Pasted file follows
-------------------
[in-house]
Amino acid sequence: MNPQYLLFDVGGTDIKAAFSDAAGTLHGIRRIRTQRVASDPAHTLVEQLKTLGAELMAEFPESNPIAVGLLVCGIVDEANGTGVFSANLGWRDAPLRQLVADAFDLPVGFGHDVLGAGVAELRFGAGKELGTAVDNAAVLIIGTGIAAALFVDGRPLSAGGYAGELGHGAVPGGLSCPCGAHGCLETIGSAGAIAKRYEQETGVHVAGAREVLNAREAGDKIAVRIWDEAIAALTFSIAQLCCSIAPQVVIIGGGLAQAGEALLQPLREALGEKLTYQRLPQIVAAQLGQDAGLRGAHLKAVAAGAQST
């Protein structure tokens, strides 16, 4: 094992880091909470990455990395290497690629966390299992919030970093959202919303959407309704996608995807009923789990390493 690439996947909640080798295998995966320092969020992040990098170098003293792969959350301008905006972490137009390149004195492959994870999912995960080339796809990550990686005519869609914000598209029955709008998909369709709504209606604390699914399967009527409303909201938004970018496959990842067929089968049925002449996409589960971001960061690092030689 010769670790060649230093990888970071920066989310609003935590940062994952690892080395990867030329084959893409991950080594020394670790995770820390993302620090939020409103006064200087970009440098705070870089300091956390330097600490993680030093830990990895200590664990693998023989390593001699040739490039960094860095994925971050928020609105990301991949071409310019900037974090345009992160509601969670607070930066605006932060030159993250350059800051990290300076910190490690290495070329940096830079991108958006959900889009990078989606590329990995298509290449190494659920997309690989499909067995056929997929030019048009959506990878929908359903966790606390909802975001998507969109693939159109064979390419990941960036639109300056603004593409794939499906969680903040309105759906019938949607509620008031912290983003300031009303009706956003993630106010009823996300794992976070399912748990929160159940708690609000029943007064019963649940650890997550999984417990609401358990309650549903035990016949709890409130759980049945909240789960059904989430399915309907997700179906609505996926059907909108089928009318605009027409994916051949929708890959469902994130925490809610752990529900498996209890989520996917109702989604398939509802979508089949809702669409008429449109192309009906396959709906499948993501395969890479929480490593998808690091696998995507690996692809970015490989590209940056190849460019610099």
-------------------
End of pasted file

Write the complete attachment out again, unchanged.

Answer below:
[in-house]
Amino acid sequence: MNPQYLLFDVGGTDIKAAFSDAAGTLHGIRRIRTQRVASDPAHTLVEQLKTLGAELMAEFPESNPIAVGLLVCGIVDEANGTGVFSANLGWRDAPLRQLVADAFDLPVGFGHDVLGAGVAELRFGAGKELGTAVDNAAVLIIGTGIAAALFVDGRPLSAGGYAGELGHGAVPGGLSCPCGAHGCLETIGSAGAIAKRYEQETGVHVAGAREVLNAREAGDKIAVRIWDEAIAALTFSIAQLCCSIAPQVVIIGGGLAQAGEALLQPLREALGEKLTYQRLPQIVAAQLGQDAGLRGAHLKAVAAGAQST
């Protein structure tokens, strides 16, 4: 094992880091909470990455990395290497690629966390299992919030970093959202919303959407309704996608995807009923789990390493 690439996947909640080798295998995966320092969020992040990098170098003293792969959350301008905006972490137009390149004195492959994870999912995960080339796809990550990686005519869609914000598209029955709008998909369709709504209606604390699914399967009527409303909201938004970018496959990842067929089968049925002449996409589960971001960061690092030689 010769670790060649230093990888970071920066989310609003935590940062994952690892080395990867030329084959893409991950080594020394670790995770820390993302620090939020409103006064200087970009440098705070870089300091956390330097600490993680030093830990990895200590664990693998023989390593001699040739490039960094860095994925971050928020609105990301991949071409310019900037974090345009992160509601969670607070930066605006932060030159993250350059800051990290300076910190490690290495070329940096830079991108958006959900889009990078989606590329990995298509290449190494659920997309690989499909067995056929997929030019048009959506990878929908359903966790606390909802975001998507969109693939159109064979390419990941960036639109300056603004593409794939499906969680903040309105759906019938949607509620008031912290983003300031009303009706956003993630106010009823996300794992976070399912748990929160159940708690609000029943007064019963649940650890997550999984417990609401358990309650549903035990016949709890409130759980049945909240789960059904989430399915309907997700179906609505996926059907909108089928009318605009027409994916051949929708890959469902994130925490809610752990529900498996209890989520996917109702989604398939509802979508089949809702669409008429449109192309009906396959709906499948993501395969890479929480490593998808690091696998995507690996692809970015490989590209940056190849460019610099």